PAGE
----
Cerberus Shoal The Life & Times of Cerberus Shoal and the Magic Carpathians (split)

[North East Indie; 2004]

Rating: 4/5

Styles: free-from instrument manipulation, drone-experimentation, avant-rock
Others: Sun City Girls, Sunburned Hand of the Man, No-Neck Blues Band, Faun Fables

I enjoy "drone" more than the average bear, and generally in all of its flavors. The same goes for Brian Eno's ambient explorations and Merzbow's grinding assaults. This style of music explores aspects that others take for granted, such as the listener's role in shaping the experience. While more conventional artists are forced to rely on complexity and density to make a work compelling enough to listen to multiple times, a listener can find new layers in this breed of music merely by altering their level of attentiveness. It adds a whole new dimension to music when an artist can artfully manipulate this process.

Cerberus Shoal and The Magic Carpathians have done that on this record, The Life & Times of Cerberus Shoal and the Magic Carpathians. The surprising thing is the way they make you neglect such an interesting panorama of sound. While usually you can expect a one-dimensional approach on any given track of drone, the songs here regularly shift and swell in seeming response to your waning attention. Just as you slip into glassy-eyed disinterest, the music reminds the more aware listener that more interesting segments may be due. But, these reminders are subtle enough that your attention isn't necessarily demanded or seized; it gently enables that great feeling when you discover new strata of sound in a favorite song.

According to this phenomenon in the songs, the album as a whole takes on a similar structure. It opens with the slightly obnoxious "Pre-Face," which tells the tale of this recording's evolution from a post-performance swapping of e-mails to the swapping and manipulation of tracks between these two tribes. The next song, "Respoonsed," is the epitome of desolation, recalling George Crumb and allowing your mind to drift from constant awareness. "Continuumed" follows, housing a chestnut of vibrancy which takes hold of your sonic gaze. The culprit is a decidedly medieval and arcane meander, with the LP's only vocals alternating between a chant and quirky utterances, with spoken parts interloping at times. The final track, J.B.E.G.S., sounds like a midnight ritual held in a clearing in the wilderness, which is more captivating than the track that leads into the centerpiece, but they are definitely a pair.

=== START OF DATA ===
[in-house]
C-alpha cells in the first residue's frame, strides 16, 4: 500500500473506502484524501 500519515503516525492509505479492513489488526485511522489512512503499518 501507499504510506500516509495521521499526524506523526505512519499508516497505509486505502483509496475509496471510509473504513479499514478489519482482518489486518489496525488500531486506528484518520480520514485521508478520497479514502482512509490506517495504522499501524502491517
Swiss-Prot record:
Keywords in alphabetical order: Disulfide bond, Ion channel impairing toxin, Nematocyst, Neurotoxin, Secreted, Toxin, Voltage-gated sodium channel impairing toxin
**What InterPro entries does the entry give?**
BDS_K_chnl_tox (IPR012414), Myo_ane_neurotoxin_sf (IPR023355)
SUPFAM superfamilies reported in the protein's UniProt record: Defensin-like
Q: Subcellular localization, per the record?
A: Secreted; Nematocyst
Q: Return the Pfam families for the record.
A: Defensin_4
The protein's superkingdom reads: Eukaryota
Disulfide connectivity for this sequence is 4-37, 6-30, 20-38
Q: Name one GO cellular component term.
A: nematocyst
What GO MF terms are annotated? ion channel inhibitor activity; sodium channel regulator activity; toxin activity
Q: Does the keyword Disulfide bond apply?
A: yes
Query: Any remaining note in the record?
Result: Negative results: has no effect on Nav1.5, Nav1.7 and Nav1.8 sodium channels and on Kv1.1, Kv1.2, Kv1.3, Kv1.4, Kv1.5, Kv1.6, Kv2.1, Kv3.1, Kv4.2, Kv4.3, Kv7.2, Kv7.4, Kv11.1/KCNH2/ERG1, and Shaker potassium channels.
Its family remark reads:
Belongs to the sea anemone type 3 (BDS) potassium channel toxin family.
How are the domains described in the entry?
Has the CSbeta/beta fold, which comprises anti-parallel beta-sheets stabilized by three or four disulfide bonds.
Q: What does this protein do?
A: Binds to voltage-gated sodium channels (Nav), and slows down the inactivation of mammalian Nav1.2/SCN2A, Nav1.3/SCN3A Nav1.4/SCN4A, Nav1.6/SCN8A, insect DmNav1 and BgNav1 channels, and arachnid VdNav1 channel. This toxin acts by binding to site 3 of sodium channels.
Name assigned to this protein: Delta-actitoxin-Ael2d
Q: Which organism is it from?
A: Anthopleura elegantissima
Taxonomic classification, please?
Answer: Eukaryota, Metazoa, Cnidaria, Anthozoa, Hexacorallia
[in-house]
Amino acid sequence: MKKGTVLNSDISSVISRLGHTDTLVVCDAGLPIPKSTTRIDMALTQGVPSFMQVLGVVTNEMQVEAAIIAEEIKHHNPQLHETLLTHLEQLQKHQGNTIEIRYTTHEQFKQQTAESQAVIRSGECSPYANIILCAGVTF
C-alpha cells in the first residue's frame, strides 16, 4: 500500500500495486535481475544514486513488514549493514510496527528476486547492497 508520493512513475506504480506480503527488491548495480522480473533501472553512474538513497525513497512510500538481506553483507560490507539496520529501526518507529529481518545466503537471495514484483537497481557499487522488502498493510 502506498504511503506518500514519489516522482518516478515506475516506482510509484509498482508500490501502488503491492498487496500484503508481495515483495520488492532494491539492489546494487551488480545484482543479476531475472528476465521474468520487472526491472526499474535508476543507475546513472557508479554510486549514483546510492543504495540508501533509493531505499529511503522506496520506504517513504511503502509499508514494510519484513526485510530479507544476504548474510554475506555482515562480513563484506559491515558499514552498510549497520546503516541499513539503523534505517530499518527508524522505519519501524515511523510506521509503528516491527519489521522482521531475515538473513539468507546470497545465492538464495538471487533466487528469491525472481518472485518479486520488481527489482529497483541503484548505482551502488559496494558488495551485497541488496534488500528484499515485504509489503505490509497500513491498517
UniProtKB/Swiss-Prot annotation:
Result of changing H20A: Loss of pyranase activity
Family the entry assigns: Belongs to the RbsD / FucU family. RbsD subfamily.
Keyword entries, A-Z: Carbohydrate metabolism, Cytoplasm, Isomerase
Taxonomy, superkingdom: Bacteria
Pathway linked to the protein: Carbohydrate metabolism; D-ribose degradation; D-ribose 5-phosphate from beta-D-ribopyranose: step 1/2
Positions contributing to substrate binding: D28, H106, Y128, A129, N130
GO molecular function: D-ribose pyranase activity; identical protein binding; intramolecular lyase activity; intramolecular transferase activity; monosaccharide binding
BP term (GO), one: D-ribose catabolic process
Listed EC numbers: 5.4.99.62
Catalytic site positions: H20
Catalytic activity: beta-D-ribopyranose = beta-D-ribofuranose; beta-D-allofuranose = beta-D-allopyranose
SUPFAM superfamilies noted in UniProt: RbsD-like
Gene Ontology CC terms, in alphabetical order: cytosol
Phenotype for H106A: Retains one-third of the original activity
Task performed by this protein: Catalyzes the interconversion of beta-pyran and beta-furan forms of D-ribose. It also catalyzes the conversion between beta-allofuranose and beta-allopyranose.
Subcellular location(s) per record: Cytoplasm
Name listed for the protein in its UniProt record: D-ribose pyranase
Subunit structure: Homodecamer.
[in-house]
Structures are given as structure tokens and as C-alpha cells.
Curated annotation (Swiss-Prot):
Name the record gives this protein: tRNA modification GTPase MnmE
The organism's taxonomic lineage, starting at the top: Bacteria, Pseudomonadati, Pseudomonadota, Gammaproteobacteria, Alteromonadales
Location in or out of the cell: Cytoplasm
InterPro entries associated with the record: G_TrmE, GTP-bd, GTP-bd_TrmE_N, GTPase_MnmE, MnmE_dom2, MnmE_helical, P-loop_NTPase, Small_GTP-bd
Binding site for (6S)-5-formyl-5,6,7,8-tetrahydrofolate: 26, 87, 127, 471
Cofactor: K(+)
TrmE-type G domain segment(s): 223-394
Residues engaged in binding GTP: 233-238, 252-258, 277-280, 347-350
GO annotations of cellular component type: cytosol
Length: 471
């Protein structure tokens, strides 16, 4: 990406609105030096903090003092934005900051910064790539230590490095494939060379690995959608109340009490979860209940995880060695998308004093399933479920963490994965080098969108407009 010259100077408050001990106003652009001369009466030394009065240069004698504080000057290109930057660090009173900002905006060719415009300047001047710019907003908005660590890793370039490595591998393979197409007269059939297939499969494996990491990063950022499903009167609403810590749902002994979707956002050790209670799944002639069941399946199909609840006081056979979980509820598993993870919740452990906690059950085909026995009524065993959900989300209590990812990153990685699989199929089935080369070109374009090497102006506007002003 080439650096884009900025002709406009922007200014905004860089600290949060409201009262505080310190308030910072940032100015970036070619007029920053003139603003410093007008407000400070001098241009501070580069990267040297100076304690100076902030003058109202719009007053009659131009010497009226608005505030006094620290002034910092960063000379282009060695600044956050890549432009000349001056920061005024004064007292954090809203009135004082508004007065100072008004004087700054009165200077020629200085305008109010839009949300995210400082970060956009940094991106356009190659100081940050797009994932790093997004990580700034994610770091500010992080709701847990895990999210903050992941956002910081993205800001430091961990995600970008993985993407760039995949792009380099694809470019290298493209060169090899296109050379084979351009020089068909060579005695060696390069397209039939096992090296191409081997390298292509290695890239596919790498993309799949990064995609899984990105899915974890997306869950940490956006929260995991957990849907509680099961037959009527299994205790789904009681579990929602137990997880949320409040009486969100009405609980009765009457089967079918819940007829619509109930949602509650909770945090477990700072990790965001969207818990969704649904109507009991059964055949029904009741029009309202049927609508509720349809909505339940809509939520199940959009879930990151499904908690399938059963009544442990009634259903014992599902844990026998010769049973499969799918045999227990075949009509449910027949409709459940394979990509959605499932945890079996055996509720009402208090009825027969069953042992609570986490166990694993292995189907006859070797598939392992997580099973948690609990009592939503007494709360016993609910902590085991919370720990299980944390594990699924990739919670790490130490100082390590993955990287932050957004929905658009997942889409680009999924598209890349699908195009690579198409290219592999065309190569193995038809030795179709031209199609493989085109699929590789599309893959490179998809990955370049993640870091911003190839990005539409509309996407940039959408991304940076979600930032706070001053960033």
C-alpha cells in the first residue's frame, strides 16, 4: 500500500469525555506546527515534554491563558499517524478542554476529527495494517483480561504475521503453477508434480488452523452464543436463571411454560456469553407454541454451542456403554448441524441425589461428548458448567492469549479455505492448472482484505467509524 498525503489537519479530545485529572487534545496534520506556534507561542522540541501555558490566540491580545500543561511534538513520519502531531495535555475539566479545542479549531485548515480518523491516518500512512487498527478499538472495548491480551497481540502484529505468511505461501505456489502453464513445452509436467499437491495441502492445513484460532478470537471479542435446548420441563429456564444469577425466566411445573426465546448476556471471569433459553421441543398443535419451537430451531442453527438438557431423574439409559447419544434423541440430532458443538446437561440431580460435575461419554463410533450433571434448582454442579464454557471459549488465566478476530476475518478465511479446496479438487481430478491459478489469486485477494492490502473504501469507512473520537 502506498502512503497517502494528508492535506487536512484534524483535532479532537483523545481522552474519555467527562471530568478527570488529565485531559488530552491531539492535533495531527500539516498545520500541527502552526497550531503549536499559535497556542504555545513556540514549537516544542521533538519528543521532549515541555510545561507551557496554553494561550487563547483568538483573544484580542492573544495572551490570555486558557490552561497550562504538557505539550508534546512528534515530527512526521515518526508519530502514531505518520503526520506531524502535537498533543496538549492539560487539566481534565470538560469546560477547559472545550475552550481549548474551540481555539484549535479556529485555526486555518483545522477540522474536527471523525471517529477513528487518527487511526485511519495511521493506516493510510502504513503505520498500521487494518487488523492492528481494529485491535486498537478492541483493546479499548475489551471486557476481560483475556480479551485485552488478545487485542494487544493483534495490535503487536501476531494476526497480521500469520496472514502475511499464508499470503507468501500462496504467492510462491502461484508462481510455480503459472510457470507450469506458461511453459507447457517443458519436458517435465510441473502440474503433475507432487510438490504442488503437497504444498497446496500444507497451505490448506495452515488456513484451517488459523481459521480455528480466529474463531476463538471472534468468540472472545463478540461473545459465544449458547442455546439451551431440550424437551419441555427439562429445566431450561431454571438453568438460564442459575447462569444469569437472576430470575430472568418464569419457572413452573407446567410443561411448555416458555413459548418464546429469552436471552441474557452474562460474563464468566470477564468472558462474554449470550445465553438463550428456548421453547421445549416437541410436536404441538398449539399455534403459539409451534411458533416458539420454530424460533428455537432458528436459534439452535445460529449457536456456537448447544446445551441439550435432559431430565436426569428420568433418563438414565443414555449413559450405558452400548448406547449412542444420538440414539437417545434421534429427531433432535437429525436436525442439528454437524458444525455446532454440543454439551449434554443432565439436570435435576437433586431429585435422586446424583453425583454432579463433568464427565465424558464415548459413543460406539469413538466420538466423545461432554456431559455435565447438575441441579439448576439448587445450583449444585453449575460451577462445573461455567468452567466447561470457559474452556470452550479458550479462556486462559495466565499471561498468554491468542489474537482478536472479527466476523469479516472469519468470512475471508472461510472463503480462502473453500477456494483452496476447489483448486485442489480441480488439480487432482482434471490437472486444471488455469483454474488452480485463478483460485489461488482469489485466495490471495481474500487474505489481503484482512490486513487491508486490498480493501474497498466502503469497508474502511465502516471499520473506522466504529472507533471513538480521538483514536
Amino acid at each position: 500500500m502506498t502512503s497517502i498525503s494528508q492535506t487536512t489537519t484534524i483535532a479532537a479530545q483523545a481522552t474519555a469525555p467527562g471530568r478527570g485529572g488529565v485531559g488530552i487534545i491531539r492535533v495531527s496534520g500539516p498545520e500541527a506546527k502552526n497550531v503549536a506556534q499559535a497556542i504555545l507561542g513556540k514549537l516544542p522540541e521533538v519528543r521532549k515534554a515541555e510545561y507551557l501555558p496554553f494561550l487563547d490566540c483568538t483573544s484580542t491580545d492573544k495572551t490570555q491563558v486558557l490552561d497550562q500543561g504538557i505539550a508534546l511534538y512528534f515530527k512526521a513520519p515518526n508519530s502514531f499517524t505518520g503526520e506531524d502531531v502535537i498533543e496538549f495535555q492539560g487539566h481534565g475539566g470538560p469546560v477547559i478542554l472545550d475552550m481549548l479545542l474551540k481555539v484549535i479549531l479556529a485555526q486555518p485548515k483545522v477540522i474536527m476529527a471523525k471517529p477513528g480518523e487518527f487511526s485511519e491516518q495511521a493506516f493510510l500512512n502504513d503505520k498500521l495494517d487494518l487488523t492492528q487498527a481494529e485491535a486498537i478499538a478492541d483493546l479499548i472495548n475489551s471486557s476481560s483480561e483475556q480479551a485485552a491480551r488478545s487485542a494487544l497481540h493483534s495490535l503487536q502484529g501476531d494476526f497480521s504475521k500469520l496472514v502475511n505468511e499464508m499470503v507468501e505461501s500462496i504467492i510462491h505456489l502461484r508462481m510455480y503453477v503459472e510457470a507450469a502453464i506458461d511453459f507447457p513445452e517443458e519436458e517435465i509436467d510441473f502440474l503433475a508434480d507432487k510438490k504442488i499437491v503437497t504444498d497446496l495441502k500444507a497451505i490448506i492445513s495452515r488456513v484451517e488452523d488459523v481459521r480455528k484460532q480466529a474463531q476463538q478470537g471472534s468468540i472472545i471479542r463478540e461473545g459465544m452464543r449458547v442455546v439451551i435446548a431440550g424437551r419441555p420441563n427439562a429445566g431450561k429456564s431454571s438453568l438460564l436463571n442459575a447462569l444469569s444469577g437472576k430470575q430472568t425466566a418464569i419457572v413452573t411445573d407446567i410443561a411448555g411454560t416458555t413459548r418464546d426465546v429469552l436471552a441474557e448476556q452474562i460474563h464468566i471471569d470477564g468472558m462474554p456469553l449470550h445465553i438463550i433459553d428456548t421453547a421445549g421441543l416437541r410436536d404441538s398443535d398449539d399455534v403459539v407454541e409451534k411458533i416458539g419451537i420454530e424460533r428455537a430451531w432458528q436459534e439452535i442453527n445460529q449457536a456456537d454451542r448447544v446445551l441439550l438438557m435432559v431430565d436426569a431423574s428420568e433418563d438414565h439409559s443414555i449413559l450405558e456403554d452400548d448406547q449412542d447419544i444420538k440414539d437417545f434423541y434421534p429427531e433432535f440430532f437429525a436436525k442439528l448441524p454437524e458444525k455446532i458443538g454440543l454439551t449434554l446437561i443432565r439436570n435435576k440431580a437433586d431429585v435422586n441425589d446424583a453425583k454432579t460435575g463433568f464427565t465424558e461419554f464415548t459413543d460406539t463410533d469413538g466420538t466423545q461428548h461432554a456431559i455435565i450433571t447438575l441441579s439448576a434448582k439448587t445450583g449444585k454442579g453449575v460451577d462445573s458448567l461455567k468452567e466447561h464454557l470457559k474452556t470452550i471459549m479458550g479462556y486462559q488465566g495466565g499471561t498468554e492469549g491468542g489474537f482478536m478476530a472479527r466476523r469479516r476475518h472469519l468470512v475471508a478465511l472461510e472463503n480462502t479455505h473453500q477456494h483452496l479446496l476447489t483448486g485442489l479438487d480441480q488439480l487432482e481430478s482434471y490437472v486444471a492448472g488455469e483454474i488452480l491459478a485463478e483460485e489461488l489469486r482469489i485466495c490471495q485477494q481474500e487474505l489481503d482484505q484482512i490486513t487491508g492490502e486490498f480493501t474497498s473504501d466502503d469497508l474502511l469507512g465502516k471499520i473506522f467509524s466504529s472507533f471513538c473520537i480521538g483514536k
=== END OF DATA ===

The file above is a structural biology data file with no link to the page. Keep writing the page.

Cerberus Shoal and the Magic Carpathians present us with an album that teeters between the two worlds of active and passive, which is unfortunately uncommon. One might say it's not as "challenging" as it could be, but it did more to facilitate contemplation of the nature of music and listening than a lot that's out there. It makes for an interesting listen and would make a good introduction for the uninitiated.

1. Pre-Face
2. Respoonsed
3. Continuumed
4. J.B.E.G.S.